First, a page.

Beer Review: Mt. Carmel Coffee Brown

Mt. Carmel is Cincinnati’s oldest, currently operating, craft brewery and has made good beer for almost 10 years now. I say good beer and not great because that’s the truth. The Nut Brown, IPA, Stout and all the others are all spot on but not exciting.
They’ve been making great beer for about 2 years. So far I have adored everything to come out of their SnapShot series especially the Imperial IPA and Ardennes Belgian Quad. Originally these beers were draft only but starting with the Imperial IPA a month or two back they began bottling the SnapShot series. Last week they held a launch event for bottles of Mt. Carmel Coffee Brown, unfortunately I had pre-existing obligations but Kate from Brown Ale Girl has a post covering the event.
When I was doing my normal beer buying I spotted this beer on the pick six shelf and couldn’t resist giving it a go. Before we get to my thoughts here’s the blurb from Mt. Carmel’s website:
Mt. Carmel Brewing’s breakfast beer, Coffee Brown Ale, is our unique variation of brown ale, delivering a rich body of dark malt, chocolate and toast. Notes of sweet maple and explosive coffee create a rousing finish perfect for the start of your morning.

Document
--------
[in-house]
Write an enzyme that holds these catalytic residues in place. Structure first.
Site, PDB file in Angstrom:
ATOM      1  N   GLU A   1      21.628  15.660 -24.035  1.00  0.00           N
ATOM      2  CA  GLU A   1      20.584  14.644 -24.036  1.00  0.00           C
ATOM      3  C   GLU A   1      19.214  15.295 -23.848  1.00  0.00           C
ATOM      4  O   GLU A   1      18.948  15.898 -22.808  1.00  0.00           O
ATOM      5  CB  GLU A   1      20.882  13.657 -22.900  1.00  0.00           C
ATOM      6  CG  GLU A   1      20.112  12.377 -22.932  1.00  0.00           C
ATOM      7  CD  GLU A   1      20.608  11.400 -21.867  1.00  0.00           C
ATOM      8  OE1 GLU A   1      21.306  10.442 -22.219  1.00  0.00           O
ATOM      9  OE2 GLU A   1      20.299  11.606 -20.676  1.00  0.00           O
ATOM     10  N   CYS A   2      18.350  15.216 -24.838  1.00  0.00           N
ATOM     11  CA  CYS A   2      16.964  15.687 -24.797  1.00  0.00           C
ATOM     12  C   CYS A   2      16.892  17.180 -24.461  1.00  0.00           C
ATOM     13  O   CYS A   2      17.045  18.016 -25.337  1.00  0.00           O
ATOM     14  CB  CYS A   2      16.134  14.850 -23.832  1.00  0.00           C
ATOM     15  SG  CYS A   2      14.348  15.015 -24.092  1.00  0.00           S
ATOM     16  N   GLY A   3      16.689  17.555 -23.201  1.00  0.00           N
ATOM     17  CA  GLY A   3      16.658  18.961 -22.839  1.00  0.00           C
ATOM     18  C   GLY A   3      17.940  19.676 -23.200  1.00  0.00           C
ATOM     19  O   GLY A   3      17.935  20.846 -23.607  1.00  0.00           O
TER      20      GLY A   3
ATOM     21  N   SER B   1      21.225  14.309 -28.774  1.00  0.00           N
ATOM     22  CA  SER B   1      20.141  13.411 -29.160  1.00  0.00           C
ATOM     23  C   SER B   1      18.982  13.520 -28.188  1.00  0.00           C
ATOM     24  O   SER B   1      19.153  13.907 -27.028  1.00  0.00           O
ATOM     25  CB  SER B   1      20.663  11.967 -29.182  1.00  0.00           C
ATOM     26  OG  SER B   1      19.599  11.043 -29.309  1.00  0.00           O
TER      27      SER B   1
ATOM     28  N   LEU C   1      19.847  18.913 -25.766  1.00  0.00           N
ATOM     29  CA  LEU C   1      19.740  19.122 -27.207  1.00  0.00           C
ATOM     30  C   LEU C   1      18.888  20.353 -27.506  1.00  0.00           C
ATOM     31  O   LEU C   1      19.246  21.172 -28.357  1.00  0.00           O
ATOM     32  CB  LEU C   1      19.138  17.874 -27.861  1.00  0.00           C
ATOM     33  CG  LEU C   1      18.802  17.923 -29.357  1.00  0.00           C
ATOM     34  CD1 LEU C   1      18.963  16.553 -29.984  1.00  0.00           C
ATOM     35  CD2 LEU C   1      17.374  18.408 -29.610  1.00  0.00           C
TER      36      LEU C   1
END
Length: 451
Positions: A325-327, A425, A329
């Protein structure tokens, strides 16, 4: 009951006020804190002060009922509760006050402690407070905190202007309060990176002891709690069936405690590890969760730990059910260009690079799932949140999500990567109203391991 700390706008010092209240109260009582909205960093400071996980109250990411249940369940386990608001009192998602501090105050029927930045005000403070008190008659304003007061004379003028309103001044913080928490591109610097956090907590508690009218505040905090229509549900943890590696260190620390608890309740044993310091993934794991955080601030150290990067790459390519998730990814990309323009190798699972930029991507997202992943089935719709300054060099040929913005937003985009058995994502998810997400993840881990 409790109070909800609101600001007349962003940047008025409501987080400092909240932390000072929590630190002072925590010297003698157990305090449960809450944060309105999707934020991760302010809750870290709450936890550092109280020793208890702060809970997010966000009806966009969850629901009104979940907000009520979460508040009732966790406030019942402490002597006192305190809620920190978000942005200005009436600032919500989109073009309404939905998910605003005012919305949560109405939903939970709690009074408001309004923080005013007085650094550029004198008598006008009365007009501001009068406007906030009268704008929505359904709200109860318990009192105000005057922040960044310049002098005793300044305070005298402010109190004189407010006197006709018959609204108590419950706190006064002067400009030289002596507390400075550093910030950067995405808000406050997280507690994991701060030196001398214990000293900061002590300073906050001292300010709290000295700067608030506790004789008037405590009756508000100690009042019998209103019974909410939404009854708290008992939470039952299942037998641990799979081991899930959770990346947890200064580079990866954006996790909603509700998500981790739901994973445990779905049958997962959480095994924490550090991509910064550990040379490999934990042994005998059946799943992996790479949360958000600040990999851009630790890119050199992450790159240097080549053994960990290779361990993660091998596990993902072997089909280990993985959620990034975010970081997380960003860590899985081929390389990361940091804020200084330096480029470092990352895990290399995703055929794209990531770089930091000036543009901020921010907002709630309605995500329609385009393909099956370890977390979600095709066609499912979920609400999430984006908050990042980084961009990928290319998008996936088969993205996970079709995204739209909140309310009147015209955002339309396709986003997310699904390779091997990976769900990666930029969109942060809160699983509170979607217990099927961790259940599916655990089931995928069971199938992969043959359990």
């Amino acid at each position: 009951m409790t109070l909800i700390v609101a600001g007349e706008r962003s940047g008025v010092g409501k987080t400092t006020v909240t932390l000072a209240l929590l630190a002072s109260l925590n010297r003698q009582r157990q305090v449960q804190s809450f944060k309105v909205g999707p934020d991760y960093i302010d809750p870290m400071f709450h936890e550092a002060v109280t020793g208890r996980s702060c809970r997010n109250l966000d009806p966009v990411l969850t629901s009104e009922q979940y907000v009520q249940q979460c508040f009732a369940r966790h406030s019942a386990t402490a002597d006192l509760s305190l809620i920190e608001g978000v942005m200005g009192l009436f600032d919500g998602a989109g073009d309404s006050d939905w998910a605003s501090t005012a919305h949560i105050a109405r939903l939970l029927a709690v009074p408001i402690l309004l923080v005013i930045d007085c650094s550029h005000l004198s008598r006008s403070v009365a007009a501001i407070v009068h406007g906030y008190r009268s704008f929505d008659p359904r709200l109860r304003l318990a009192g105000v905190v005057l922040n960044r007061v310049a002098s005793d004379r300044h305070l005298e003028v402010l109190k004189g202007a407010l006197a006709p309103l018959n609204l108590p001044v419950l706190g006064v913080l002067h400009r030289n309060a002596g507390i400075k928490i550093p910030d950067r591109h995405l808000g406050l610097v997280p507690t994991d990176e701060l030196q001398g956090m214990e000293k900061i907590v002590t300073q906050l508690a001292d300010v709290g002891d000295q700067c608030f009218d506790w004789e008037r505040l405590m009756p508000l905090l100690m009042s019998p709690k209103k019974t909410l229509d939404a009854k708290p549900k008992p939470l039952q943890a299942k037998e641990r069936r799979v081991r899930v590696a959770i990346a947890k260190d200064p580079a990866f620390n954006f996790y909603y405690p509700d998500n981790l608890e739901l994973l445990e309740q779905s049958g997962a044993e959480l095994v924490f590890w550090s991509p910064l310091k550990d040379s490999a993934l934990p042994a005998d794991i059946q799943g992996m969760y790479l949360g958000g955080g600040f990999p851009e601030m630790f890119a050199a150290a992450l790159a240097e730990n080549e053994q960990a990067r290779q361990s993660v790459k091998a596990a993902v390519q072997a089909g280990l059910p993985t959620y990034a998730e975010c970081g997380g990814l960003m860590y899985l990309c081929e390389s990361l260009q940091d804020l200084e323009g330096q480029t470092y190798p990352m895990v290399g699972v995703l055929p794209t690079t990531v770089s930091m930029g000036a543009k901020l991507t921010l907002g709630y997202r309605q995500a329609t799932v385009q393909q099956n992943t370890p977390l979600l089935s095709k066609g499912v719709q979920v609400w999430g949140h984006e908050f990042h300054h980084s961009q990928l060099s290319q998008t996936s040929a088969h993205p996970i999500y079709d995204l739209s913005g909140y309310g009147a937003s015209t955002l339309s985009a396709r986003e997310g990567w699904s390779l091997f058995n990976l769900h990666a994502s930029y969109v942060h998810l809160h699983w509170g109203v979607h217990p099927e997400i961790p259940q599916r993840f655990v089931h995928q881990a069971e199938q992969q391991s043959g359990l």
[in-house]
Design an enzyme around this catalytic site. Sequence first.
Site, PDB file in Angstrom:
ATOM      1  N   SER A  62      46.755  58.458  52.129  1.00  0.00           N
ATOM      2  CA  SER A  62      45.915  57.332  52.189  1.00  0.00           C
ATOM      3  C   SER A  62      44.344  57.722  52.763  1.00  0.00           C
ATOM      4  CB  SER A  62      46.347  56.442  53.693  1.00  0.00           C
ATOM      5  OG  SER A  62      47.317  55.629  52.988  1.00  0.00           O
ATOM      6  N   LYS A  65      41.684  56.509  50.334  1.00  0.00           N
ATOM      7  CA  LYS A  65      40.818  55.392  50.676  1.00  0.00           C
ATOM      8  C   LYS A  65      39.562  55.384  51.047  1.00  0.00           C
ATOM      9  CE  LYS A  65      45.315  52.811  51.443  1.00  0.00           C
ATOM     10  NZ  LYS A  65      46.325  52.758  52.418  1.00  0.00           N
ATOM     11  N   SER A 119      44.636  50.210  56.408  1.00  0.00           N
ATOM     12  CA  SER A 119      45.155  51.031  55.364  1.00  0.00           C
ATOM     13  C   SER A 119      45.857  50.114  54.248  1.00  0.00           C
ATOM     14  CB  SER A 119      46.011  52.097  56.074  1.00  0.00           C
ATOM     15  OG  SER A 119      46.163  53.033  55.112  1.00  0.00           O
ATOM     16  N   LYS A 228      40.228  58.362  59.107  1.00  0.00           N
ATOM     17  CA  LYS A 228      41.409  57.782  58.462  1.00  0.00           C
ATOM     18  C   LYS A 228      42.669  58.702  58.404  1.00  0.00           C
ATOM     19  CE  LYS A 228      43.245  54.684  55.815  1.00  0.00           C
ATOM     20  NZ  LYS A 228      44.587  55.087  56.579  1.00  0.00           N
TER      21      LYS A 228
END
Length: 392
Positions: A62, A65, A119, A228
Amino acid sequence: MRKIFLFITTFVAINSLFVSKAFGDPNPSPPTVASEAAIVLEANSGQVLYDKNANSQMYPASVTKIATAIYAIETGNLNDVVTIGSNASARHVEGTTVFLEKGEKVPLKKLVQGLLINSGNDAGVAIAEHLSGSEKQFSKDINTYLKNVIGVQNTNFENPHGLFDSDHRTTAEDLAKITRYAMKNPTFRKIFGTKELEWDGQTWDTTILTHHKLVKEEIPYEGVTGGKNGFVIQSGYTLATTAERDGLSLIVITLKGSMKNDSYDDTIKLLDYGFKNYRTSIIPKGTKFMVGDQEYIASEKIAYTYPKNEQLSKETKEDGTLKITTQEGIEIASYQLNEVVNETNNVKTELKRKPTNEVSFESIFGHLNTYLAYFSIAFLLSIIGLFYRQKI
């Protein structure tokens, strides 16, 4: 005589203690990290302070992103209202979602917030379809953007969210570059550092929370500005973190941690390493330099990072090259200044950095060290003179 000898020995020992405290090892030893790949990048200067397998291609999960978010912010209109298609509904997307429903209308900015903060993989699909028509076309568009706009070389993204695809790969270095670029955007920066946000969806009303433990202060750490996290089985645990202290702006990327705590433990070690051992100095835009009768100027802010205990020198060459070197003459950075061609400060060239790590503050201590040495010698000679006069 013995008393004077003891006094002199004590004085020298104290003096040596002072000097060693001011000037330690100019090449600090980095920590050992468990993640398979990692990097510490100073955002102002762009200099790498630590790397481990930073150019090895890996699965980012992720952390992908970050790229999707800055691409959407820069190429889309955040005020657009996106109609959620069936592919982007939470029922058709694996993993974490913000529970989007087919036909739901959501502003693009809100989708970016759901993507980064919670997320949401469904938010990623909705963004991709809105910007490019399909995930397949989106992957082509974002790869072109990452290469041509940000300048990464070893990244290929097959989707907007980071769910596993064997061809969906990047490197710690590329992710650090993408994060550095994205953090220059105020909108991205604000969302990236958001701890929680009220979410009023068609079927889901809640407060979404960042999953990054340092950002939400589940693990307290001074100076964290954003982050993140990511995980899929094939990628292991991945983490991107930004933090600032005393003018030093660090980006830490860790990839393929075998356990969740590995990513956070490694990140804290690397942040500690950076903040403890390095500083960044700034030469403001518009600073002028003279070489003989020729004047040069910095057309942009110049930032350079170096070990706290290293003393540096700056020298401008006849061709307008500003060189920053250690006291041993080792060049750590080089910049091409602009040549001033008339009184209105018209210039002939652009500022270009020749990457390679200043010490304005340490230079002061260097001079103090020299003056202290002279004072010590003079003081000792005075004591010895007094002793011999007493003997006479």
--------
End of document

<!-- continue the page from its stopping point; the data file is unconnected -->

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Beer Review: Mt. Carmel Ardennes

Friday night was the official launch of Mt. Carmel’s newest beer in their Snapshot series. Previous entries have been the fantastic Third Shift Imperial Coffee Stout (my review of it) and Obsidian, an imperial black rye IPA I have yet to try. Many folks had an opportunity to try this at Listermann’s Starkbier fest last weekend but I had prior obligations so I was psyched when I heard this was coming to Dutch’s. A perfect blend of my love of Belgians, my love of locals, and my love of Dutch’s! Patrick Clark, Mt. Carmel’s brand manager, was on hand for the event and provided some background info on this brew:

We’re trying to go for a Belgian quad that’s not heavy on the palate but that’s got the flavor of a quad. What I love about this beer is that you pick up on the yeast notes right up front. So you get the notes of the clove, the notes of the banana characteristics that are true to form [of classic Belgian styles]. Then it goes into a very pronounced malt body that you can pick up on. There’s a sense of that sweetness that’s also balanced by the acidity that’s there that kind of goes into the finishes of a sweet orange peal and a little bit of spice. As it warms more of a rounded nature comes forward creating for a very complex kind of beer. We’re very excited for it because it’s the first local quad that’s been done.

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